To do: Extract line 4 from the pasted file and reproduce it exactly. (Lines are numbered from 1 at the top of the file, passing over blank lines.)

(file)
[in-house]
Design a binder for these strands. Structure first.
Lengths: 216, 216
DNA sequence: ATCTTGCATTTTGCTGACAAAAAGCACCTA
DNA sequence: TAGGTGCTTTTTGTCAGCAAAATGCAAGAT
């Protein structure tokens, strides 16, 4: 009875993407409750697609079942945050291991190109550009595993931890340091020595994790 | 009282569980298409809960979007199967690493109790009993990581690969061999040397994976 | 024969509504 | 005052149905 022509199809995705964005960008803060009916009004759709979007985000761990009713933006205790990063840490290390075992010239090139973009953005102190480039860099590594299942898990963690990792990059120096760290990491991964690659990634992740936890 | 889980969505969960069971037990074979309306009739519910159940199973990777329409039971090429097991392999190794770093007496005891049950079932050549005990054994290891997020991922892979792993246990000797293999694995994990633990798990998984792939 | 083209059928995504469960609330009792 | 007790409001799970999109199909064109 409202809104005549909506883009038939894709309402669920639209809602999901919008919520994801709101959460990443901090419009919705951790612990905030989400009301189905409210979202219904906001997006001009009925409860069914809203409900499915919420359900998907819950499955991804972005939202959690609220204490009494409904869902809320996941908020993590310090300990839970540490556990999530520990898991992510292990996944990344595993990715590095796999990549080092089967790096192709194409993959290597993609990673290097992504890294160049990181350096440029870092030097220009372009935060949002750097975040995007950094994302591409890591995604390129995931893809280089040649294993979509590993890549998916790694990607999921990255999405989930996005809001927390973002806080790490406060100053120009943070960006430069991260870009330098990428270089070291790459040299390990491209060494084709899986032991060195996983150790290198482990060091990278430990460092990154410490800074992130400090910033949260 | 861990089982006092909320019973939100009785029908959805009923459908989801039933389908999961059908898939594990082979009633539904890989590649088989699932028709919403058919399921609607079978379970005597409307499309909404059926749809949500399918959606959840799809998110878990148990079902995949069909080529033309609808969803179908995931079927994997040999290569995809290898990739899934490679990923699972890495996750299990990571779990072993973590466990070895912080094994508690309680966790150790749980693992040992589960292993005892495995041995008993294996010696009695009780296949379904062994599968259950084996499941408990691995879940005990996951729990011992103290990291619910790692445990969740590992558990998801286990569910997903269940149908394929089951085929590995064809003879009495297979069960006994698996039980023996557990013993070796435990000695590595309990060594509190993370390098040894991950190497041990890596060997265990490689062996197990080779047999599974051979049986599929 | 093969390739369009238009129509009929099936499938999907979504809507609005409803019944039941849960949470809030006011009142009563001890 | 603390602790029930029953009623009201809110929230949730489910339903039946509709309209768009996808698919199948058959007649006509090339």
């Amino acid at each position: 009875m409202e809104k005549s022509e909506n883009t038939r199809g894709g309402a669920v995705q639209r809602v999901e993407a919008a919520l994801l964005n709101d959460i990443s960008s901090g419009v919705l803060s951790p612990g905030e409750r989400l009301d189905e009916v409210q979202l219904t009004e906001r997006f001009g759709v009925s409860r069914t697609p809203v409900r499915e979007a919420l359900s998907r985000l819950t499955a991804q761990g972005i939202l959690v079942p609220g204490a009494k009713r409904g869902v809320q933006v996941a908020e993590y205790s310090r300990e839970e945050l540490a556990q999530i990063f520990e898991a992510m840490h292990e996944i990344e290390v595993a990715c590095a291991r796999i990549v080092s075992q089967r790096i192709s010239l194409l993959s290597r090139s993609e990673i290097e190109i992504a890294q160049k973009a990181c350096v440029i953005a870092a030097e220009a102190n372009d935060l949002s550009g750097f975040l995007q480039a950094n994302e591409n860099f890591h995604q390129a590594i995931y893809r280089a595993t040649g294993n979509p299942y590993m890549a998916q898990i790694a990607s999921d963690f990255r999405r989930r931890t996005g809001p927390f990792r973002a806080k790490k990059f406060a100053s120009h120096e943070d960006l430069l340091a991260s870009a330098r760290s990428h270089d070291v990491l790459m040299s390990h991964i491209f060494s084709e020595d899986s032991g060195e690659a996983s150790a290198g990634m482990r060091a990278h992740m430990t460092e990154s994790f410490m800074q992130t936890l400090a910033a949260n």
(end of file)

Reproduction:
DNA sequence: ATCTTGCATTTTGCTGACAAAAAGCACCTA